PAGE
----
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Organic Chemistry Year 2 > NMR Soectroscopy > Flashcards

Flashcards in NMR Soectroscopy Deck (26)
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1

What does NMR stand for

Nuclear magnetic resonance

2

What are the basic principles of NMR

You can find the structures of complex molecules by placing them in a magnetic field and applying EM waves of radio frequency to them. If radio waves of the right frequency are absorbed the nuclei flips from parallel to applied magnetic to field to anti-parallel. This energy change can be monitored and recorded. Uses the resonance of nuclei with spin

3

How would you carry out NMR spectroscopy

Dissolve the liquid sample in suitable solvent, put in a robe along with a small amount of TMS and put the tube in a NMR machine. The sample is spun to even out any imperfections in the magnetic field and the spectrometer is zeroed against TMS. Radiation with different radio frequencies but a constant magnetic field is applied to the sample and any absorptions are detected

4

Give in use of NMR

MRI scans

5

What kind of nuclei does NMR work with

Uneven number of nucleons
Because they will spin

6

What percentage of C atoms are in 13C

1%

7

What defines the resonant frequency of a 13C atom

The chemical environment that it is in

8

What graph is produced by NMR spectroscopy

Energy absorbed against chemical shift

9

What is chemical shift
What are it’s units

The resonant frequency of the nuclei compared to that of a 1H atom in TMS
Parts per million (ppm)

10

What means 13C atoms show a different chemical shift value

Having different chemical environments

11

What kind of environment leads to a greater chemical shift

A C atom next to more electronegative atom had a greater chemical shift

12

13C
Number of signals?
Chemical shift?
Area under peak?
Splitting?

One signal for each carbon environment
Greater shift from atoms closer to electronegative atoms or C=C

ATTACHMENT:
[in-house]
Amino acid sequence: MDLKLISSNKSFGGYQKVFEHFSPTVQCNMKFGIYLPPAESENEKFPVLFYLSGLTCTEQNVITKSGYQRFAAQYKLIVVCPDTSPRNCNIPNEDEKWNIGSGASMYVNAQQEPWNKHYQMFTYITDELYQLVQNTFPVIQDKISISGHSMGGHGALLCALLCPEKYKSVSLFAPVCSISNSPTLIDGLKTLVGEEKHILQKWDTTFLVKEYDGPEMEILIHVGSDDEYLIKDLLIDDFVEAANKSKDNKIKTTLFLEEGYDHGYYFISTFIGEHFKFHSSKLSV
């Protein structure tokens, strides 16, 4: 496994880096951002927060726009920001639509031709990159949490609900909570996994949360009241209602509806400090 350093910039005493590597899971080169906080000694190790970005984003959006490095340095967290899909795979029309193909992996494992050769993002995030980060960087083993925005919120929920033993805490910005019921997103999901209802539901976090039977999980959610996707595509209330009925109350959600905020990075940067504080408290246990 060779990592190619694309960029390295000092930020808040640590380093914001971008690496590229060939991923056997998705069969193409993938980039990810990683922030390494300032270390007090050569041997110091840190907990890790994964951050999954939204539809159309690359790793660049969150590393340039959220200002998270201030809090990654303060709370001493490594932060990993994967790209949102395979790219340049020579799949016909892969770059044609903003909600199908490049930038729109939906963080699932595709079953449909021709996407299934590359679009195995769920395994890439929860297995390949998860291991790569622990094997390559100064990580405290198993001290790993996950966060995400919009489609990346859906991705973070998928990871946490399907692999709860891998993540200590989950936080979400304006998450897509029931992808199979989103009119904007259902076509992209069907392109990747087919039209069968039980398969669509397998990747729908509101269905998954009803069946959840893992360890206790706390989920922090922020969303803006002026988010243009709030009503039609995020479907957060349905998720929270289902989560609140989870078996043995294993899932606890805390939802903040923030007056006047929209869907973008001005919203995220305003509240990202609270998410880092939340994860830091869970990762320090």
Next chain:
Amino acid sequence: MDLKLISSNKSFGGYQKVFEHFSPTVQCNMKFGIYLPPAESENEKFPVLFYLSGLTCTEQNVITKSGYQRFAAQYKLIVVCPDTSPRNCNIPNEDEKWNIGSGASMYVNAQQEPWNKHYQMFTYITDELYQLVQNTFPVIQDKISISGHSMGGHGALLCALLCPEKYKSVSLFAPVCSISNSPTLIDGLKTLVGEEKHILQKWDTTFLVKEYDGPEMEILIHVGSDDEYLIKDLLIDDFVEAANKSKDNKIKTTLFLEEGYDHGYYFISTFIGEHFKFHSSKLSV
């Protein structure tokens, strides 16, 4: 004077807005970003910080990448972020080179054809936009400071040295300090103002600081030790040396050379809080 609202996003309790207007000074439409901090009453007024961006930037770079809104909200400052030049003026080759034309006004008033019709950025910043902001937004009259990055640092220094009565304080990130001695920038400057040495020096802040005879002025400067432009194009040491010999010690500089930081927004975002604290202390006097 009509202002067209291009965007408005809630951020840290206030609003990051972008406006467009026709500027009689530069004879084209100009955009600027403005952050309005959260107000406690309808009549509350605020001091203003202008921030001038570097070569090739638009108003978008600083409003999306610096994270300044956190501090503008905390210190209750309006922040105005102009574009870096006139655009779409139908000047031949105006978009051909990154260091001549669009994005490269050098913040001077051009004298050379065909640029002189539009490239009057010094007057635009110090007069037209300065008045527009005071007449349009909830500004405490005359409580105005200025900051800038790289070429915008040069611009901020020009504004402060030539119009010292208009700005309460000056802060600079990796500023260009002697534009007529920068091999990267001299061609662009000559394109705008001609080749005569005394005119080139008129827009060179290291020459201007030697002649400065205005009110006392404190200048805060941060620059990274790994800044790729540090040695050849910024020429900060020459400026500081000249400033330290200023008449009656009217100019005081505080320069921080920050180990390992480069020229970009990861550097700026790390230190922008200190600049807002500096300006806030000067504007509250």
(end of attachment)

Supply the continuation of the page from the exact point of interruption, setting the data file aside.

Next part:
No meaning
There is no splitting for 13C NMR

13

What leads to a Lowe chemical shift value for H NMR

1H with more electrons around then

14

What does the area under the peak represent for H NMR

Proportional to the number of 1H atoms represent by the peak

15

What is the integration trace

A stepped pine that makes it easier to measure the area under the curve

16

What is TMS

Tetramethylsilane


CH3
|
H3C-Si-CH3
|
CH3

17

What state is TMS at room temp

Liquid

18

Why is TMS used

Can be added to calibrate the NMR equipment. It provides a peak at 0
Reference point against which all are measured

19

Advantages of TMS

Inert
No toxic
Easy to remove from the sample

20

When does splitting occur

Neighbouring hydrogen atoms affect the magnetic field of 1H atoms and causes their peaks to split

21

Why is the n+1 rule

If there are n inequivalent 1H atoms on the neighbouring carbon then the peak will split into n+1

22

No coupled protons
One coupled protons
Two coupled protons
Three coupled protons

Singlet
Doublet
Triplet
Quartet

23

Why must solvents used for 1H NMR not contain any hydrogen

Signals from the solvent would swamp signals from the sample as there is much more solvent than sample

24

Which solvents are used

CDCl3
D2O
C6D6
CCl4

25

1H NMR
Number of signals
Chemical shifts
Splitting
Area under peak

One main signal for each set of inequivalent 1H atoms
Larger shift for 1H atoms closer to electronegative atoms or C=C
Number of smaller peaks =1 + number of inequivalent hydrogen atoms 3 bonds away
Proportional to the number of atoms represented by that peak

26

Why does the peak from O-H bonds disappear if D2O is used as a solvent

O-D bond is formed in preference to O-H due to labile protons that move/swap from one molecule to another